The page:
Hair loss treatments

Topical Dutasteride Clinical Trial Results

Topical dutasteride clinical trial scientist holding blood test tube.

SiloxysSystem Gel: New hair loss technology

SiloxysSystem™ Gel, a liposomal gel delivery system, was developed to allow healthcare professionals to administer clinically effective medications such as finasteride and dutasteride to the skin in a precise and highly targeted way. This novel delivery system has been designed to help minimize the risk of side effects associated with oral medications, without compromising efficacy.

Background on dutasteride
A newer generation 5-alpha reductase inhibitor, dutasteride, has increasingly been prescribed off-label to treat androgenetic alopecia (pattern hair loss). The medication is a competitive inhibitor of two isoforms of the 5-alpha reductase enzyme, Type 1 and Type 2. The inhibition of this enzyme dramatically reduces levels of the androgen dihydrotestosterone (DHT), widely regarded as a primary trigger for pattern hair loss in male patients and potential trigger for female pattern hair loss. In particular, elevated scalp DHT concentrations have been documented in patients presenting for this genetically-driven and progressive hair loss disorder.
Clinical trial data has shown that oral dutasteride is capable of achieving serum DHT reductions around 90%. This is in contrast to finasteride, which has been previously found to lower serum DHT by approximately 70% (Drake et al., 1999).Given this potency, several studies and meta-analyses have observed that dutasteride may be more effective than finasteride at treating hair loss and possesses a similar side effect profile, although additional data is needed to fully support this comparison.
Despite having a stronger effect on DHT levels, dutasteride has been shown to be similarly, or better tolerated than finasteride. One long-term safety and efficacy study found negligible differences between dutasteride and finasteride in terms of the incidence of sexual side effects (Choi et al., 2022). Because of their effect on DHT levels and DHT-sensitive tissues, both medications do carry an increased risk of high-grade prostate cancers (Hirshburg et al., 2016).

The concern for side effects is greater with oral dutasteride, as the route of administration inevitably leads to higher systemic exposure. It seems that this risk can be mitigated by opting for topical application. Changing the route of administration has been previously shown to be effective in improving the safety profile and tolerability of finasteride, while minimizing the impact on DHT levels (Piraccini et al., 2021).

Topical Dutasteride with SiloxysSystem™ Gel treats hair loss with fewer side effects.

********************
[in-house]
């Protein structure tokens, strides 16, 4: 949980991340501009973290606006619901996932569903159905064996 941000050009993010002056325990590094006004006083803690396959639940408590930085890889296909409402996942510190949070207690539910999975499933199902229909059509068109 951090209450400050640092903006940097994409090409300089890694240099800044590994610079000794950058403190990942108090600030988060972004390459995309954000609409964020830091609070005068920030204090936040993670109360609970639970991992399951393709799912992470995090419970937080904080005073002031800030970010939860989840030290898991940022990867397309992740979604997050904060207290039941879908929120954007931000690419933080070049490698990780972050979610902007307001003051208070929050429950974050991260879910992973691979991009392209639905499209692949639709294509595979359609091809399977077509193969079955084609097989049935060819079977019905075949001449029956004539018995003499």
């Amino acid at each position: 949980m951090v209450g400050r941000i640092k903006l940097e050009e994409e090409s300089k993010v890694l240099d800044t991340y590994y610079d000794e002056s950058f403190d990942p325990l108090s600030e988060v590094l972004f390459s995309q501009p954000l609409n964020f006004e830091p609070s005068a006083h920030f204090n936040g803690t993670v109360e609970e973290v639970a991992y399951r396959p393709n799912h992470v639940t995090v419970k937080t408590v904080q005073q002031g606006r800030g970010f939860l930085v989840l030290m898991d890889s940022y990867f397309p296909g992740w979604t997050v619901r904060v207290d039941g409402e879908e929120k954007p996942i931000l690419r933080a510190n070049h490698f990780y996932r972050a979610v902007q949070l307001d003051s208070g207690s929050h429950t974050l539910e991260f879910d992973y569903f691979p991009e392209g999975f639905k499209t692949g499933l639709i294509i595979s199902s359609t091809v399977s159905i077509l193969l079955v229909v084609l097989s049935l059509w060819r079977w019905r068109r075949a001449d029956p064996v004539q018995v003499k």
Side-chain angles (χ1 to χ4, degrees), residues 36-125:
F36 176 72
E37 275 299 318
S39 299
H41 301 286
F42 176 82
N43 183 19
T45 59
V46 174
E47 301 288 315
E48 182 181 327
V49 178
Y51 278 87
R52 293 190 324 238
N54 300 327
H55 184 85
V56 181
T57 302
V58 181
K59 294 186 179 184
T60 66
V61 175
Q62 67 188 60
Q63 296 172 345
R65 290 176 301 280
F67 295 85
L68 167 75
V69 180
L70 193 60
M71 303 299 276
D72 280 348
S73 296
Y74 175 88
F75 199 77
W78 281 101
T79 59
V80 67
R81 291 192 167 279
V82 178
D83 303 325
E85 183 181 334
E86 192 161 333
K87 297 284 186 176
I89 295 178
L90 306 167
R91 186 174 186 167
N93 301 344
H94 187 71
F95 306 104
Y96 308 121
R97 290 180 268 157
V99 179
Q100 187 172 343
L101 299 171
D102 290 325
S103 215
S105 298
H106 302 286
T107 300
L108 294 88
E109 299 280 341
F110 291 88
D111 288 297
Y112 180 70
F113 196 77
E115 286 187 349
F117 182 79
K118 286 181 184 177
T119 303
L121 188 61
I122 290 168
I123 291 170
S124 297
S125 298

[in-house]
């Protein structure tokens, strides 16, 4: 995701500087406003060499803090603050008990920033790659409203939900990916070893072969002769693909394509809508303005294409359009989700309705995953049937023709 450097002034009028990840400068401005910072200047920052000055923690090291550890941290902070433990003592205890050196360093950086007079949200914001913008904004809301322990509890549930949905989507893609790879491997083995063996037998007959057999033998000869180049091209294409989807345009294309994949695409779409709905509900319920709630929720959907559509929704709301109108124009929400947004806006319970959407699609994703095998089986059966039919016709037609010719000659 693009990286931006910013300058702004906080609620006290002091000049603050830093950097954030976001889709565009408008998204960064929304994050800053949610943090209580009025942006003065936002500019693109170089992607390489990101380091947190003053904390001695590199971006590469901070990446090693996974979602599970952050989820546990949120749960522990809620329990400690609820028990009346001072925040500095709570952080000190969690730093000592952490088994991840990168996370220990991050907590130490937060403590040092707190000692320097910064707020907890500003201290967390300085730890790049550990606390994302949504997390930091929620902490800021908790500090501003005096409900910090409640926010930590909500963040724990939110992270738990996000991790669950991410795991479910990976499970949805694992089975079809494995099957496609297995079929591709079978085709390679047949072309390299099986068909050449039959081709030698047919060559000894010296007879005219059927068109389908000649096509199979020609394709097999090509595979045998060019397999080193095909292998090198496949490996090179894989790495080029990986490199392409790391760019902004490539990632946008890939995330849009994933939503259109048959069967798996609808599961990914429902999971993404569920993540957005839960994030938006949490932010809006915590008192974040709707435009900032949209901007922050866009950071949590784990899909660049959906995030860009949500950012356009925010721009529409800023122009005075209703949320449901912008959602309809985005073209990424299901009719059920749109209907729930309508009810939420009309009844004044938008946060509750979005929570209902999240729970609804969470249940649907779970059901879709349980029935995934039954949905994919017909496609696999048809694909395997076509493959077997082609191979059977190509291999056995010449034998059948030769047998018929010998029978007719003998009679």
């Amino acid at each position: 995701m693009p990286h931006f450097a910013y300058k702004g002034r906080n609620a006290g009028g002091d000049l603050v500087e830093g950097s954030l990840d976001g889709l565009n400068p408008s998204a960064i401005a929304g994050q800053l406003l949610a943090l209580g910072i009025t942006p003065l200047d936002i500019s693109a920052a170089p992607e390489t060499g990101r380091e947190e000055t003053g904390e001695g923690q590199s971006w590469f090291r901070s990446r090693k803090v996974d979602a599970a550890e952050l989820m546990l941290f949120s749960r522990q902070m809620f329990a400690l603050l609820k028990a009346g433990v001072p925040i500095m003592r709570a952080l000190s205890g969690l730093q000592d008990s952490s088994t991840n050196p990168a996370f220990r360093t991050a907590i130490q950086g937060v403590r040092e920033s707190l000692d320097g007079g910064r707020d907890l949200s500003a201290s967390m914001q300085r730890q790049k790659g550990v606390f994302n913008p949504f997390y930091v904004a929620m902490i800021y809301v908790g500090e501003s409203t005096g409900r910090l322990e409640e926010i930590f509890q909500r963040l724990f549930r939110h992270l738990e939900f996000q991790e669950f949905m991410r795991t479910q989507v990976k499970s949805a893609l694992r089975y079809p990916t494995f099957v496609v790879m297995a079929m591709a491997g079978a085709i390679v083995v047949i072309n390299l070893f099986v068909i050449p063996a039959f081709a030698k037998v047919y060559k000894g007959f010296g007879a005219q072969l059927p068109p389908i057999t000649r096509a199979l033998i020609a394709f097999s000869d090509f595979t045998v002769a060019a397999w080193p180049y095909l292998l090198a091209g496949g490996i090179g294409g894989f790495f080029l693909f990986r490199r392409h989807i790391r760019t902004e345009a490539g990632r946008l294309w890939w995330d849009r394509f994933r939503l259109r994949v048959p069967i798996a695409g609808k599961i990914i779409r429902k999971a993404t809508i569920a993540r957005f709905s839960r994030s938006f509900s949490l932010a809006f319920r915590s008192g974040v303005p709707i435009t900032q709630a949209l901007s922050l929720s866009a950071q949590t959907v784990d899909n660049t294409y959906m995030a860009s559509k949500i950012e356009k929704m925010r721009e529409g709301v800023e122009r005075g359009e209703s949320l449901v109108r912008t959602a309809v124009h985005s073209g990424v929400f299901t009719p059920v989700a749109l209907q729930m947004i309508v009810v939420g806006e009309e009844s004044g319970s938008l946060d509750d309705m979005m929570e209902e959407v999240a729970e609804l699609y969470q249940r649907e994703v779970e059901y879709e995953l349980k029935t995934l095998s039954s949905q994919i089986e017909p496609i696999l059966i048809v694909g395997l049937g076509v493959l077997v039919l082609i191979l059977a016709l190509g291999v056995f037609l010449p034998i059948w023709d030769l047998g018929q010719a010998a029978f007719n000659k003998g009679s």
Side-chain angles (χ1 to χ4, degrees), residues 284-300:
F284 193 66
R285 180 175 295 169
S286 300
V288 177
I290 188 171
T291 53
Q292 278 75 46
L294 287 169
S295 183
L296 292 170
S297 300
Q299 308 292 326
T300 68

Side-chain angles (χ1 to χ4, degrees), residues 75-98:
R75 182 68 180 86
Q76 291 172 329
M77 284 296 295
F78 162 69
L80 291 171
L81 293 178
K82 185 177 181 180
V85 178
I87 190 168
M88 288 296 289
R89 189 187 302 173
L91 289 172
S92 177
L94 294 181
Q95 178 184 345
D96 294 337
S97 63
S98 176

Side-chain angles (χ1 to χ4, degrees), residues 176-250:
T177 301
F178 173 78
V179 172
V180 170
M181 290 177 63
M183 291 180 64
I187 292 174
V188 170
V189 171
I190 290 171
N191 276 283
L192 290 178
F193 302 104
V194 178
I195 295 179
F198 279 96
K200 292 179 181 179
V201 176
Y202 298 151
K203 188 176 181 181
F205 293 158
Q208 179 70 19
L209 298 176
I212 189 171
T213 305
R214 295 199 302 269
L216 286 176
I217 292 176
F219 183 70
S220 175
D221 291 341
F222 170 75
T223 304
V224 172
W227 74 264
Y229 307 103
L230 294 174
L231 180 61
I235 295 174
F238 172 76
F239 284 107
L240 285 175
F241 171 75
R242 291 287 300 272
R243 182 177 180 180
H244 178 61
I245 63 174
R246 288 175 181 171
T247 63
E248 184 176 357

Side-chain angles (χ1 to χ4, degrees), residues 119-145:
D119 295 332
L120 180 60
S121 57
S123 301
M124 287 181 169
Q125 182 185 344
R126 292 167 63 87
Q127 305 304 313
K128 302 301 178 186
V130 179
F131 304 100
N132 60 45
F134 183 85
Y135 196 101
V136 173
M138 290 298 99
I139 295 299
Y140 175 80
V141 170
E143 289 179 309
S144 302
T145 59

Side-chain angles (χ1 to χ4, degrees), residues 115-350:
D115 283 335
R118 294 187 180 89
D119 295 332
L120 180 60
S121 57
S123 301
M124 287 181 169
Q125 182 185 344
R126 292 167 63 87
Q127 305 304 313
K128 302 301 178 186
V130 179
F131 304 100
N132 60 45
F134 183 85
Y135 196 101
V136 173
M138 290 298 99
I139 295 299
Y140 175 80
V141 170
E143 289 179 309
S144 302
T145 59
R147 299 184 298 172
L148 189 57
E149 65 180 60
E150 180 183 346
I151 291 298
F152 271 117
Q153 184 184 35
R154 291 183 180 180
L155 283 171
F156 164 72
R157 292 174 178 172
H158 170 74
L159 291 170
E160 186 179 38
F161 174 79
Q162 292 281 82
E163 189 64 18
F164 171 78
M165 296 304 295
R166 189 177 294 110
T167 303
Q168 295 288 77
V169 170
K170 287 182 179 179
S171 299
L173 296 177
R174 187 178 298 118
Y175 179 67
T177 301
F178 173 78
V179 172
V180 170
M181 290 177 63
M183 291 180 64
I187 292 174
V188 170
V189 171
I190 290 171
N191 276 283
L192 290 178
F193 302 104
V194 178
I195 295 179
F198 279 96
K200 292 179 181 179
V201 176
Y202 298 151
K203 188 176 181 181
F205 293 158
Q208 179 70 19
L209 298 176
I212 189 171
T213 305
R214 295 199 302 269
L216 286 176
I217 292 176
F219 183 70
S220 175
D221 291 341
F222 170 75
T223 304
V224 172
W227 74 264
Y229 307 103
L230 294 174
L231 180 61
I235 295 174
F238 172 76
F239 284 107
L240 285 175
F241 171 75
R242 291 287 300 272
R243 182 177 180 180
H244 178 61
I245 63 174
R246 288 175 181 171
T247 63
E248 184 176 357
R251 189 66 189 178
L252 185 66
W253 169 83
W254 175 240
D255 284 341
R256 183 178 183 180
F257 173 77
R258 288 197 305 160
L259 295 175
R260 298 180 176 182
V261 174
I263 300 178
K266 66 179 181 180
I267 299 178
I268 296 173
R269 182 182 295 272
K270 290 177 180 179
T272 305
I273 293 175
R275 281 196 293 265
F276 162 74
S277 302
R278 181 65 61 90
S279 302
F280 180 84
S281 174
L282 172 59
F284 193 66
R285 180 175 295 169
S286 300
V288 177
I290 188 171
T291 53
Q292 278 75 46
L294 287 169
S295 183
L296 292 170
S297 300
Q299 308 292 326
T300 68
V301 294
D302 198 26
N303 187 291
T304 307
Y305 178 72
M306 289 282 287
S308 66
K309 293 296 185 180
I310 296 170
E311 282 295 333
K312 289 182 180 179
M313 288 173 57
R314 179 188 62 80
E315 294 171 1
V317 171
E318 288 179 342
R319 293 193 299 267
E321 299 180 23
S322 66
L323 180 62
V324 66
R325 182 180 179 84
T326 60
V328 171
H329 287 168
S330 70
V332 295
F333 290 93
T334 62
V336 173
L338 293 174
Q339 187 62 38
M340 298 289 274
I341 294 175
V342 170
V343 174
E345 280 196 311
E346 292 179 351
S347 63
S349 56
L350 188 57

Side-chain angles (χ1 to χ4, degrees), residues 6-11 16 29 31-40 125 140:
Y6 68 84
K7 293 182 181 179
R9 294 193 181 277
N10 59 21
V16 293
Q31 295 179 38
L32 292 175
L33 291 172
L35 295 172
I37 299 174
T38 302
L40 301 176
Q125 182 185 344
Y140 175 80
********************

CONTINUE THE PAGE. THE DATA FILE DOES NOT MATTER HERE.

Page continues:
Combat the effects of DHT on hair follicles with a state-of-the-art formula.

As such, we decided to explore the topical application of dutasteride, using SiloxysSystem™ Gel as the vehicle. The gel, composed of specially selected liposomes suspended in a silicone base, allows for the timed-release of dutasteride to maximize the distribution and uptake of the medication among hair follicle cells. The result is a reduction in the excess movement of drug molecules into the bloodstream and the potential for fewer side effects.

How was topical dutasteride tested?

The methods used to characterize the safety and efficacy of topical dutasteride are nearly identical to those performed as part of XYON’s previous clinical studies on SiloxysSystem™ Gel using finasteride. These included a Franz Cell Diffusion Test, as well as a pharmacokinetic study in human subjects.

Franz Cell - Skin Permeation Component (University of Milan)
    1. A 1% w/w topical liposomal formulation of dutasteride was prepared using SiloxysSystem™ Gel. The gel was introduced into the donor chamber of the Franz Cell apparatus, this time outfitted with a wider donor and receptor chamber and a pig ear sample acting as the membrane. This skin sample was prepared using standard methods.
    2. Epidermis was mounted onto the lower half of the Franz Cell apparatus and the test substance applied to the membrane on the donor side of the chamber.
    3. The receptor side of the chamber was filled with a saline solution. A water bath helped maintain a temperature of 37 degrees celsius. A stirrer bar was added to continuously agitate the solution.
    4. Over 24 hours, at timepoints 1, 3, 5, 7 and 24 hours, 0.2 mL samples were withdrawn from the receiver compartment for analysis. and replaced with some fresh receiver solution.
    5. Three replicates were performed per test preparation and withdrawn samples analyzed using liquid chromatography with tandem mass spectrometry (LC/MS-MS) to determine concentrations of dutasteride.

Franz Cell - Skin Retention Component

    1. To measure skin retention, epidermis samples were removed from the Franz Cell apparatus after 24 hours and carefully washed with 10 mL methanol to remove any residual test substance.
    2. The membranes were cut into small pieces which were then placed into tubes containing 5 mL methanol.
    3. The samples were sonicated for 30 mins and left to stand for 24 hours. After 24 h, the supernatant was centrifuged at 3000 rpm for 10 mins at 23 degrees celsius and analyzed using LC/MS-MS.

Results of Franz Cell Tests

Table showing dutasteride amounts permeated and retained in the skin after a 24 hours testing period.

Based on the conditions set by this experiment, very small amounts of dutasteride (lower than the lower limit of quantification of the LC/MS-MS assay) were found in the receiver chamber. Furthermore, examination of skin retention samples showed that approximately 1% of the administered dose of topical dutasteride was delivered to the skin. Although a single digit measurement, this number denotes appreciable permeation of dutasteride into the epidermis and a target tissue concentration well exceeding the potency benchmark (IC50) for dutasteride.